Asthma is an inflammatory disorder of the airways, characterized by periodic attacks of wheezing, shortness of breath, chest tightness, and coughing.
Three things make it harder to breathe during an asthma attack -- the inflammation (swelling) of the lining of the airways, the tightening of the muscles around the airways, and fluid/mucus filling the airways. These factors reduce airflow and produce the characteristic wheezing sound.
Most people with asthma have periodic wheezing attacks separated by symptom-free periods. Some people have chronic shortness of breath with episodes where it gets worse. In other cases, cough is the predominant symptom. Asthma attacks can last minutes to days, and can become dangerous if the airflow becomes severely restricted.
In sensitive individuals, asthma symptoms can be triggered by inhaled allergens (allergy triggers) such as pet dander, dust mites, cockroach allergens, molds, or pollens. Asthma symptoms can also be triggered by respiratory infections, exercise, cold air, tobacco smoke and other pollutants, stress, food, or drug allergies. Aspirin and other non-steroidal anti-inflammatory medications (NSAIDS) provoke asthma in some patients.
Asthma symptoms can decrease over time, especially in children.
Many people with asthma have an individual and/or family history of allergies, such as hay fever (allergic rhinitis) or eczema. Others have no history of allergies or evidence of allergic problems.
The doctor will conduct a physical exam that focuses on the upper respiratory tract, chest, and skin. The doctor will listen for wheezing and may look for nasal secretions, eczema, and similar allergy-related symptoms.
The most important test for diagnosing asthma is called spirometry. A spirometer is an instrument that measures the maximum flow rate you can exhale after breathing in as much as you can. A drug called a bronchodilator is given to the patient to see whether breathing obstruction is "reversible." If so, this is a strong indication of asthma.
No one single test, or set of tests, is appropriate for every patient. Your doctor may use other tests to help rule out the possibility of other causes of your symptoms.
Treatment is aimed at avoiding known allergens and respiratory irritants and controlling symptoms and airway inflammation through medication. Allergens can sometimes be identified by noting which substances cause an allergic reaction.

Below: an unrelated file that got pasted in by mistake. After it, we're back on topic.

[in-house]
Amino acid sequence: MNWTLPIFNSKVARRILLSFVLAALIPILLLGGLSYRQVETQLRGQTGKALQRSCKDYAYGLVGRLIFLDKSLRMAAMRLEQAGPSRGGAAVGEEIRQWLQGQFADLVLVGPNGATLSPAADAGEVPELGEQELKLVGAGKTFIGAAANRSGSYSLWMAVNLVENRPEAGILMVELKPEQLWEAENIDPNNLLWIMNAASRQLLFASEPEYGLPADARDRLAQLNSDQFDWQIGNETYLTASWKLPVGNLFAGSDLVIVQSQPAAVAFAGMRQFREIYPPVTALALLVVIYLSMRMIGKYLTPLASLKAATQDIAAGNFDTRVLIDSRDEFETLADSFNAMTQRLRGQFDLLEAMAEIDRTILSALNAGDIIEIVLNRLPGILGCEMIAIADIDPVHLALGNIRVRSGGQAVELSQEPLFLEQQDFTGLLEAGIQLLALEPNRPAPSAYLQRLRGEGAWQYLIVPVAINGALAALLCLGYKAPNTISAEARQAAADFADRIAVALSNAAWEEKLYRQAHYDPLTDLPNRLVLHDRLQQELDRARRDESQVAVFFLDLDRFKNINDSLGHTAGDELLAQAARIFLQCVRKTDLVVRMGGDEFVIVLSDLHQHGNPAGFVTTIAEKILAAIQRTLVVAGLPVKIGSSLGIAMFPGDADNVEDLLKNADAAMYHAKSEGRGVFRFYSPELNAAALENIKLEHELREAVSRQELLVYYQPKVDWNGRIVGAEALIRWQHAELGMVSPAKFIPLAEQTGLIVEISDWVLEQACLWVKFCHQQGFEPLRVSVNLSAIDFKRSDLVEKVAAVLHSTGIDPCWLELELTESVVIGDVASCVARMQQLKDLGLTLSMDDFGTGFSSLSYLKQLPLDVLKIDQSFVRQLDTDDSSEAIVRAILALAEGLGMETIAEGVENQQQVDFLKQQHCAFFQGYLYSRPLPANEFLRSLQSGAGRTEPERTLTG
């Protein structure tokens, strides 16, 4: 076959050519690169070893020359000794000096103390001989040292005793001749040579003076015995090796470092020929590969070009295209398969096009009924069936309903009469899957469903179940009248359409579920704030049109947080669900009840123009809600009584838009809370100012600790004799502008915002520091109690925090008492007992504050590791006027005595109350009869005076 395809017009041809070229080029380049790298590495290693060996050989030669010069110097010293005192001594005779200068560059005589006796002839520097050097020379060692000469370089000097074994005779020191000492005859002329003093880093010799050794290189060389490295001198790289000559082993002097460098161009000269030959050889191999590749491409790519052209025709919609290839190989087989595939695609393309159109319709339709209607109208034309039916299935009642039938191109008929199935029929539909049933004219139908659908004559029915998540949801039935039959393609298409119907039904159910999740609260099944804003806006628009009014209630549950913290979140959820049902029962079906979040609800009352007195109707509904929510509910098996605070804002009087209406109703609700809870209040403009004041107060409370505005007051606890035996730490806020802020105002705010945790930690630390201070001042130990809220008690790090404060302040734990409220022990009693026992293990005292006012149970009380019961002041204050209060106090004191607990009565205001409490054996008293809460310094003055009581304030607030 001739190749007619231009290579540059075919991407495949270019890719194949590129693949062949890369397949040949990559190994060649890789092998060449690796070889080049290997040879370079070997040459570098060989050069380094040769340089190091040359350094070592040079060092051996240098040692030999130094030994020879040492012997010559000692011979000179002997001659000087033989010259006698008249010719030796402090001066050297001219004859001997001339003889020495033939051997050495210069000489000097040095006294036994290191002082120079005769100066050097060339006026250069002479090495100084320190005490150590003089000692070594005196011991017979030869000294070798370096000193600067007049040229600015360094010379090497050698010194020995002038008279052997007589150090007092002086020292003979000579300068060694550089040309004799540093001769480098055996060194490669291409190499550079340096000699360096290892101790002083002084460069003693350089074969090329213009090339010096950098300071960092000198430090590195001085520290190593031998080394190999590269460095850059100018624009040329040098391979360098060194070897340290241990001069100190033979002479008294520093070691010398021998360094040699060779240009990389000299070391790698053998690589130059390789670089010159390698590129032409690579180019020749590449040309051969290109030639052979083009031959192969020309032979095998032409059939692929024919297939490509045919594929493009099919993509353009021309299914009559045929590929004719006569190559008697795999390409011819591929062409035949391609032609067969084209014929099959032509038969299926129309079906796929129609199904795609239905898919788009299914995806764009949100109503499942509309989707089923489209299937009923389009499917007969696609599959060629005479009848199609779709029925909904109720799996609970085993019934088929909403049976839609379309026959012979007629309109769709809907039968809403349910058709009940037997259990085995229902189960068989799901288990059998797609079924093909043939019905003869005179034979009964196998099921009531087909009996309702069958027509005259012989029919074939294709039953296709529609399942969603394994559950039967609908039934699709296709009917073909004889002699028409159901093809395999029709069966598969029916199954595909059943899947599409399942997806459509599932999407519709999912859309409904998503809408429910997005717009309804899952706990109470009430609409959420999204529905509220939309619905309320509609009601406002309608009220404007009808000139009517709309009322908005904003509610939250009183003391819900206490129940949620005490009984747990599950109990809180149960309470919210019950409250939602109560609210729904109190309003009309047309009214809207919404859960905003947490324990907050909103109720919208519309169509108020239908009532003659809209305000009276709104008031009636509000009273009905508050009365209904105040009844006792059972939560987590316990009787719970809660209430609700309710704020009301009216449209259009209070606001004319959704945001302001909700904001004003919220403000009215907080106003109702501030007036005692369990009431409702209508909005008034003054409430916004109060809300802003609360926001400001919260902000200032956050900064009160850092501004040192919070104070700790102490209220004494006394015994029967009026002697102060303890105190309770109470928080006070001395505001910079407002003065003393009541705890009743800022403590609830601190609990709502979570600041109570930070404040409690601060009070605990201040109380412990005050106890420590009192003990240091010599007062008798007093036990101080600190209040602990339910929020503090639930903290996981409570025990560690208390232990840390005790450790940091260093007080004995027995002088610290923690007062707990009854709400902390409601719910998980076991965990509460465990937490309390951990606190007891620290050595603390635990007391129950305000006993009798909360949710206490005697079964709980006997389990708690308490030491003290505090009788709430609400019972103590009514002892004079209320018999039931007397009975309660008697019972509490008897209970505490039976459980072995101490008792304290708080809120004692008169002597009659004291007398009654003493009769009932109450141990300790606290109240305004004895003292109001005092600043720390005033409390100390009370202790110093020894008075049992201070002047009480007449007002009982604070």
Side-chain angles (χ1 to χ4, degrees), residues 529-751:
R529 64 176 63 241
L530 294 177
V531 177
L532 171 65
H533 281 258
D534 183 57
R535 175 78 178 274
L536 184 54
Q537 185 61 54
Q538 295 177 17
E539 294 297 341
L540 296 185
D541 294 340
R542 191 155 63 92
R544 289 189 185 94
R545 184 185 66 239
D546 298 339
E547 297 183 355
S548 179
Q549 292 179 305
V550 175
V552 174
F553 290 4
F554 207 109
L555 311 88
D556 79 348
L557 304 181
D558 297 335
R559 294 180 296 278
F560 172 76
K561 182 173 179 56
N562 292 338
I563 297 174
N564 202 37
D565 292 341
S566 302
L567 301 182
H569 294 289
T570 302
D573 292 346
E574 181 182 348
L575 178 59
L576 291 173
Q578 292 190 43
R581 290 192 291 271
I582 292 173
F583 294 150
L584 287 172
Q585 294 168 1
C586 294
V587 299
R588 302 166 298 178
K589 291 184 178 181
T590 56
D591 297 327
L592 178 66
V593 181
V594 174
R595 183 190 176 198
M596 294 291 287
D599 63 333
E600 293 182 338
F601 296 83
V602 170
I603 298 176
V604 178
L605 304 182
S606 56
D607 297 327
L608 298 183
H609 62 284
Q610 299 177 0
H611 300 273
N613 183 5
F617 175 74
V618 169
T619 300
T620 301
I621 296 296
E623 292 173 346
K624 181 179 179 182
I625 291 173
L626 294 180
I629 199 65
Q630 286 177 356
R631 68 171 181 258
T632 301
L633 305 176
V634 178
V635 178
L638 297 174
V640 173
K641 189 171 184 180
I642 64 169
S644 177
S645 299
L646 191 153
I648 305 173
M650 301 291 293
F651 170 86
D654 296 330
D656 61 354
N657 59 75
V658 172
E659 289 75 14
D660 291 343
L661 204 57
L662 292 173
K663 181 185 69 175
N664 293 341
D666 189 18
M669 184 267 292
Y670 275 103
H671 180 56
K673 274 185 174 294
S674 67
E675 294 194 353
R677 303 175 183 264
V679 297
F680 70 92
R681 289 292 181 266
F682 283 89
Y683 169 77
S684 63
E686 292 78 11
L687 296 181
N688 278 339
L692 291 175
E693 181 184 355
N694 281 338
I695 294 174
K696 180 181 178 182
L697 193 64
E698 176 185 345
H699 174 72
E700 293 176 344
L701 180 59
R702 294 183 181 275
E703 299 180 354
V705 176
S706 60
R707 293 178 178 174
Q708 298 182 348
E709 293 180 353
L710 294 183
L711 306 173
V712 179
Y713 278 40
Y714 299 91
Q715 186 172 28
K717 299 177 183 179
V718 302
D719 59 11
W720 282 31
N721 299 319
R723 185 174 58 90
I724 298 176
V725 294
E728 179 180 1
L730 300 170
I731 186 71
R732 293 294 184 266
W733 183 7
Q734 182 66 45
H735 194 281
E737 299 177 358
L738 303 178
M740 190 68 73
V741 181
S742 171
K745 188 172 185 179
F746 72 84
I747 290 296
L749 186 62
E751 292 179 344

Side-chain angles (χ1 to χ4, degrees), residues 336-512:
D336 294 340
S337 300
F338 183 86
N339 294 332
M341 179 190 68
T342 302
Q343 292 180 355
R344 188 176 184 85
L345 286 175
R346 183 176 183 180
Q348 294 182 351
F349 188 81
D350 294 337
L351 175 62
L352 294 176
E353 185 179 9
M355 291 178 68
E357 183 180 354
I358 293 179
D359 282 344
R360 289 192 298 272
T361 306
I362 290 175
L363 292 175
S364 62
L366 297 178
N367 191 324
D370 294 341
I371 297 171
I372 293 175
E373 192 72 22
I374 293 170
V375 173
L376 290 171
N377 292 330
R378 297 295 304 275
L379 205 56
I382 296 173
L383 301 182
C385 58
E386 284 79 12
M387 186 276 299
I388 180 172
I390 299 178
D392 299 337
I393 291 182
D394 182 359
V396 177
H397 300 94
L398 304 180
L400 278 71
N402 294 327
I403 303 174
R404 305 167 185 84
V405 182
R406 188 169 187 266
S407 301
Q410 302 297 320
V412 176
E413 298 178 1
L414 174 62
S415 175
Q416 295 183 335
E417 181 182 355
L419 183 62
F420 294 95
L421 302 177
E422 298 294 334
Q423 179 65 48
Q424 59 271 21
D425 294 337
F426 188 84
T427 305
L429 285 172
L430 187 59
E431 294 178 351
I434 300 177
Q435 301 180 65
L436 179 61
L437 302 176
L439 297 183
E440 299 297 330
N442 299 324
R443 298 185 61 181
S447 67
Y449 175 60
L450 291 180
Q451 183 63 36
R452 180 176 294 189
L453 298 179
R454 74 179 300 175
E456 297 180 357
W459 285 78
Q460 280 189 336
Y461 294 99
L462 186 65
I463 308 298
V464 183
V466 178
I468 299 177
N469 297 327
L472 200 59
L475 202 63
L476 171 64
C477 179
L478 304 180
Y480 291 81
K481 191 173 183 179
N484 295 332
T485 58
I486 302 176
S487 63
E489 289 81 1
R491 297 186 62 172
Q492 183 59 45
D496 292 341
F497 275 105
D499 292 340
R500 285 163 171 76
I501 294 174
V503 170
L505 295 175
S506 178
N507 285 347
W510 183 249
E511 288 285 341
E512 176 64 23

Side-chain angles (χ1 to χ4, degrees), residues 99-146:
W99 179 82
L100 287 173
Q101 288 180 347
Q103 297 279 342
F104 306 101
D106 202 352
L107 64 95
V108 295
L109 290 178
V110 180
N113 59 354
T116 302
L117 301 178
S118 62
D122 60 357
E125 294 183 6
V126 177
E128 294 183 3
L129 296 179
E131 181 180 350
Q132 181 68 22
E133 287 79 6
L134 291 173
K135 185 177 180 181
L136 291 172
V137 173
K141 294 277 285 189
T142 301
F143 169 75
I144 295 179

Allergy testing may also be helpful in identifying allergens in patients with persistent asthma. Common allergens include: pet dander, dust mites, cockroach allergens, molds, and pollens. Common respiratory irritants include: tobacco smoke, pollution, and fumes from burning wood or gas.
A variety of medications for treatment of asthma are available. These include:
- Long-term controller medications, which are used on a regular basis to prevent attacks, not for treatment during an attack.
- Inhaled corticosteroids (QVAR, Asmanex, Pulmicort, Flovent, Alvesco)
- Leoukotriene inhibitors (Singulair, Accolate, Zyflo)
- Long-acting bronchodilators (Foradil, Serevent) (Used only in combination with an inhaled corticosteroid.)
- Cromolyn sodium (Intal) or nedocromil sodium
- Combination anti-inflammatory/bronchodilator (Advair, Dulera, Symbicort)
- Quick-relief medications, which are used to relieve symptoms during an attack.
- Short-acting bronchodilators (Proventil, Ventolin, ProAir, and others)
- For attacks:
- Oral or intravenous corticosteroids (such as prednisone, methylprednisolone, and hydrocortisone) for stabilizing severe episodes
People with mild asthma (infrequent attacks) may use quick-relief inhalers as needed. Those with significant asthma (symptoms occurring more than twice per week) should take anti-inflammatory medications on a regular basis for long-term control. A severe asthma attack requires a medical evaluation and may require hospitalization, oxygen, and intravenous medications.
A peak flow meter, a simple device to measure lung volume, can be used at home daily to check on lung functions. This often helps determine when medication is needed or can be tapered in the case of an exacerbation of symptoms. Peak flow values of 50 - 80% of an individual's personal best indicate a moderate asthma exacerbation, while values below 50% indicate a severe exacerbation.
Asthma symptoms can be substantially reduced by avoiding known allergens and respiratory irritants. If someone with asthma is sensitive to dust mites, exposure can be reduced by encasing mattresses and pillows in allergen-impermeable covers, removing carpets from bedrooms, and by vacuuming regularly. Exposure to dust mites and mold can be reduced by lowering indoor humidity.
If a person is allergic to an animal that cannot be removed from the home, the animal should be kept out of the patient's bedroom. Filtering material can be placed over the heating outlets to trap animal dander. Exposure to cigarette smoke, air pollution, industrial dusts, and irritating fumes should also be avoided.
Allergy desensitization (allergy shots) may be helpful in reducing asthma symptoms and medication use, but the size of the benefit compared to other treatments is not known.
Paula J. Busse, MD, Assistant Professor of Medicine, Division of Clinical Immunology, Mount Sinai School of Medicine, New York, NY, Review provided by VeriMed Healthcare Network. Also reviewed by David Zieve, MD, MHA, Medical Director, A.D.A.M., Inc.
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